Who Is In Charge

SBE hopeful but realistic on testing funds

Facing a meeting with the Joint Budget Committee in 10 days, the State Board of Education wrestled Tuesday with the possibility that it won’t get the money to develop a full new state testing system that would launch in 2014.

Colorado Department of Education
Colorado Department of Education

The board and the Department of Education want $25.9 million in 2012-13 to create the tests, but Gov. John Hickenlooper doesn’t want to spend the money in a tight budget year. The JBC has posed more than a dozen questions on testing for the board and CDE to discuss during a Dec. 16 meeting with the budget panel.

One of those questions is whether the board proposes the $25.9 million be deducted from the pot of state aid to school districts or be additional spending. CDE budget analyst Jeff Blanford said the department has “no intention” of taking test costs off the top of school aid and wanted to make sure board members agreed. They did so with nods of heads.

Board members and CDE executives believe new tests are needed in 2014 to fully implement the new state content standards and to provide the data needed for operation of the state’s district and school rating system and of the new educator effectiveness law. Alternative, somewhat cheaper multi-state tests won’t be available until at least 2015.

“The reality of getting the full amount for the assessments is almost nil,” said member Elaine Gantz Berman, D-1st District. Members of the JBC have said, “It isn’t going to happen,” she added. Berman is one of two board members who serve as a liaison with lawmakers.

“I think most of us can guess today what the status of this is,” agreed SBE Chair Bob Schaffer, R-4th District. But, he said, it’s important for the board to send a clear message about the importance of new tests.

Education Commissioner Robert Hammond agreed, saying, “This is a matter of awareness. … It’s important to raise this.”

The board also discussed what to do about another anomaly in the budget request – the $7.7 million that Hickenlooper requested for helping implement the educator effectiveness law. That’s money the board and CDE didn’t ask for. Board members went back on forth on whether they should endorse the governor’s request or whether doing so would diminish the importance of their request for testing money. They finally decided to support the Hickenlooper request but incorporate it in their priorities.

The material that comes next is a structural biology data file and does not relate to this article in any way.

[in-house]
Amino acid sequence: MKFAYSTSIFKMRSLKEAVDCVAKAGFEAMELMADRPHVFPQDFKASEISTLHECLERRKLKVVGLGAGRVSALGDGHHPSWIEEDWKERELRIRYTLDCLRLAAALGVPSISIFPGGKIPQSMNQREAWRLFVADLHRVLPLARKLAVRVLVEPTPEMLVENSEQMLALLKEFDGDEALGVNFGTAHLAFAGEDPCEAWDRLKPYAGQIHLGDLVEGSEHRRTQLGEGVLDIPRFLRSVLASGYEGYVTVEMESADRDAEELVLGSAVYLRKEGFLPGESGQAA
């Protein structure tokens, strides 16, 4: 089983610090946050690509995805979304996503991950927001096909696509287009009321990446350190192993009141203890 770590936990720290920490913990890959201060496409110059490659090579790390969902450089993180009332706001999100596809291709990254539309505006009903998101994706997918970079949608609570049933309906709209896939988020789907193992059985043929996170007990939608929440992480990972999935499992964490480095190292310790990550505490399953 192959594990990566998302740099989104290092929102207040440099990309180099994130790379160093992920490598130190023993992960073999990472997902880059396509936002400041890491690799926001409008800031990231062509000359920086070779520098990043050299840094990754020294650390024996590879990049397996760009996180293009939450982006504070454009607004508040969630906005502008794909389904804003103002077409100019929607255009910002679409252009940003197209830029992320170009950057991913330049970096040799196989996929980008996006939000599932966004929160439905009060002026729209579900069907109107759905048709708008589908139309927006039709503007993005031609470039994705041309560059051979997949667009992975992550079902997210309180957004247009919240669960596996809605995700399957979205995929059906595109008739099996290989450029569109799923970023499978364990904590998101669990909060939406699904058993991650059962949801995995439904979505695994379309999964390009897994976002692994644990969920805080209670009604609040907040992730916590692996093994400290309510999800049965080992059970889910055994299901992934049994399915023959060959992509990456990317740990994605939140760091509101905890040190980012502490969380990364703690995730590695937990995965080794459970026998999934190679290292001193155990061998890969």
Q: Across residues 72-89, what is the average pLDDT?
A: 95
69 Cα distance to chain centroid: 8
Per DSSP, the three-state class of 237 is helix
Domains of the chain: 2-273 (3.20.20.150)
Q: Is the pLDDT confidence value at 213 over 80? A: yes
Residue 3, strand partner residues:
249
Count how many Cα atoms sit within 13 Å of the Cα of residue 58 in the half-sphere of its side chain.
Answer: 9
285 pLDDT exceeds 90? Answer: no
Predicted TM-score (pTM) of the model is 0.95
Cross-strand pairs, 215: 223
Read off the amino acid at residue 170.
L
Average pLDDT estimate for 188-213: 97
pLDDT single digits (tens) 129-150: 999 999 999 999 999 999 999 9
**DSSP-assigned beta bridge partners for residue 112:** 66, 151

Imagine Pioneer Charter appeal loses on tie vote

The second round of the fight between the Falcon School District and the Imagine Pioneer Charter Academy ended in a TKO for the charter Tuesday when the board ended up with a deadlocked 3-3 vote on the charter’s appeal to SBE board of the district’s failure to grant it a charter. The legal effect of the tie is to deny the appeal.

A previous appeal last spring resulted in SBE sending the matter back to the Falcon board for reconsideration. The school board didn’t take another vote on the charter application, leading to the second appeal.

The case is a confusing one, given that there’s already another Imagine charter operating in the district and that the school board originally approved the second school, whose application later was withdrawn.

The district argues that the school’s charter board is a puppet of the for-profit Imagine Schools and that the district therefore has no legitimate charter board to negotiate with.

District lawyer Brad Miller said, “This is a predatory scheme by a for-profit company” and that the charter board is “effectively a powerless board.”

SBE members at times seems frustrated by the confusing situation, but in the end three Republicans, Schaffer; Marcia Neal, R-3rd District and Deb Scheffel, R-6th District, voted in favor of the charter. Democrats Berman, Angelika Schroeder, D-2nd District, and Jane Goff, D-7th District, voted no.

Member Paul Lundeen, R-5th District, is lawyer Miller’s brother-in-law and recused himself from the vote. Falcon is in Lundeen’s district.

Districts in line for R2T cash

Jill Hawley, Hammond’s chief of staff, briefed the board on the state’s application for the federal Race to the Top consolation round.

If Colorado wins a grant of $17.9 million, participating districts would get half the money. See CDE’s letter to districts here, and see the potential grants to individual districts in this spreadsheet.

names are in

Ten apply for vacant seat on the Memphis school board, but six live outside of seat’s district

PHOTO: Kayleigh Skinner
Former Shelby County Board of Education Chairwoman Teresa Jones confers with then Superintendent Dorsey Hopson during a 2015 school board meeting. Jones' seat is now up for an interim appointment.